Financial literacy is one of the most important skills a person can develop, and yet it is often one of the least-emphasized subjects in K–12 schools or in higher education settings. As a result, many adults have a limited understanding of how to manage credit and debt, how to budget their money and save, how to prepare for retirement, or other issues that can have a significant impact on their quality of life. Library programs can help fill this need.
As LJ reported last fall, a handful of libraries have even begun pairing financial literacy programming efforts with branded “I Love My Library” debit cards, through a plan developed by SirsiDynix and Visa. This spotlight focuses on online tools, both free and subscription-based, that are available for guiding patrons toward solid financial decision-making, regardless of current life phase or economic status.
Product: Financial Literacy
Company: Rosen Digital
The subscription-based Financial Literacy collection of resources from Rosen Digital promises to prepare K–12 students for their financial futures right from their computer, iPad, iPhone, iPod Touch, or netbook. From personal and household finance to market economics and globalization, Rosen Digital’s Library Media Connection (LMC)/American Reference Books Annual (ARBA) award–winning database makes economics and money management easy to understand. Users learn to manage credit and debt, save and invest, plan for college and retirement, and avoid fraud and scams.
“Curriculum-correlated content supports Common Core state standards for English language arts (ELA) and mathematics; state standards for language arts, mathematics, and economics; and National Standards in Personal Finance Education as created by the Jump$tart Coalition for Personal Financial Literacy,” according to product’s website (financialliteracy.rosendigital.com). “Educators will also appreciate lesson plans, assessment, and extension and enrichment activities, as well as the text-to-speech feature, printable research sheets, and article-specific glossaries.”
An instant translation element makes articles accessible in more than 50 languages, while text-to-speech and text highlighting serves those who prefer auditory learning. Interactive calculators, videos, quizzes, and polls help users get a grasp on budgeting, mortgage repayment, student and auto loans, and savings and retirement.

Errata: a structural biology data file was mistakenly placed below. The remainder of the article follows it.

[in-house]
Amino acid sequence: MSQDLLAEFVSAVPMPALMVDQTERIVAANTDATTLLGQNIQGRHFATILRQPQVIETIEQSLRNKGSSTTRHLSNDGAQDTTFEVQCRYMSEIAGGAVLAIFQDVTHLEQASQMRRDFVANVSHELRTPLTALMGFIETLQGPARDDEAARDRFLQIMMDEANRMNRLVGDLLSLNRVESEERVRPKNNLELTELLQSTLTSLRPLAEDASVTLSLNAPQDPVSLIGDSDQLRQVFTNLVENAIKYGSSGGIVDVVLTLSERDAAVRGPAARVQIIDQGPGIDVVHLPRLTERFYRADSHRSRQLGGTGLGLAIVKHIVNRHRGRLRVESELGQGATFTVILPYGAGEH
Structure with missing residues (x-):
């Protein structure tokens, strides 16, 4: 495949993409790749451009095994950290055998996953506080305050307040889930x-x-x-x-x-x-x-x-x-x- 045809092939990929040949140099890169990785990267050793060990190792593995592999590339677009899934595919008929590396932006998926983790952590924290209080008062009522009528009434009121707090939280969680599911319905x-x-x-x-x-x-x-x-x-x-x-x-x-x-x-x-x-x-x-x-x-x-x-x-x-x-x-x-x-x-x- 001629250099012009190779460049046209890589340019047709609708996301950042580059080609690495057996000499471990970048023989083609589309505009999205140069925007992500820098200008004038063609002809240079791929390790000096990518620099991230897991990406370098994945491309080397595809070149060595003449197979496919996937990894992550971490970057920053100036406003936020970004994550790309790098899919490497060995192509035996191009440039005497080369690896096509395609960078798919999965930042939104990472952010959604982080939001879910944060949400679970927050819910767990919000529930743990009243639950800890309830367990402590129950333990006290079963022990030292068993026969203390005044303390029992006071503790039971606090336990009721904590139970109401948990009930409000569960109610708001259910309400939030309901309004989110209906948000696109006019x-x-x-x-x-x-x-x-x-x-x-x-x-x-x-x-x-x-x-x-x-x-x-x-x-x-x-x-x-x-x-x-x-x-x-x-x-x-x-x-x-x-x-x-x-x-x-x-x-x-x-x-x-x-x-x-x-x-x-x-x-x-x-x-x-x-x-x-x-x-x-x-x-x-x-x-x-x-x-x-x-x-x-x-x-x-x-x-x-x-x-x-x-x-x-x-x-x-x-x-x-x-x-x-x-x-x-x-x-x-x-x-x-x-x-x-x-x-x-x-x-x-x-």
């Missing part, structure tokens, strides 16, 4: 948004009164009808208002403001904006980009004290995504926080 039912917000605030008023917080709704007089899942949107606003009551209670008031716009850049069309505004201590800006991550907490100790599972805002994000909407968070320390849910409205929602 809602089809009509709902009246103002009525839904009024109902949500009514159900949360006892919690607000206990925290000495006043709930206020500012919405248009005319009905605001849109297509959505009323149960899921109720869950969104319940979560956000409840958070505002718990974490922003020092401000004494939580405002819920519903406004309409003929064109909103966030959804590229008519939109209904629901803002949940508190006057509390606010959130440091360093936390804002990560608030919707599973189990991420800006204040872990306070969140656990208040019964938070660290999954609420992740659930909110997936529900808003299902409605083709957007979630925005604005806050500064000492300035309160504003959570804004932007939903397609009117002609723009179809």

Product: Smart investing @ your library
Organization: American Library Association
Smart investing @ your library at smartinvesting.ala.org is a grant-funded program developed collaboratively by the American Library Association and the Financial Industry Regulatory Authority (FINRA) Investor Education Foundation with a goal of addressing the growing need for unbiased financial and investor education at the grassroots level.
Downloadable tools are available to libraries as resources to build an audience, create staff training, measure results, and build partnerships. Resources like “6 Fun and Easy Financial Literacy Programs and How To Do Them” outline financial literacy programs that have been instituted by various libraries, along with basic information about their programs and downloads to help libraries present those programs in their own communities.
Product: FTC Consumer Resources
Organization: U.S. Federal Trade Commission
The Federal Trade Commission’s (FTC) consumer information site (consumer.ftc.gov) has an interface that’s easy to navigate and is packed with information about everything from avoiding scams and using layaway plans to saving energy and dealing with foreclosure. Sections include money and credit, homes and mortgages, health and fitness, jobs and making money, and privacy and identity. The video and media section of the site features short videos on topics such as filing a complaint, dealing with debt collectors, saving money on gas, and shopping for lightbulbs. A blog offers up timely articles, each packed with links, tips, facts, and loads of resources.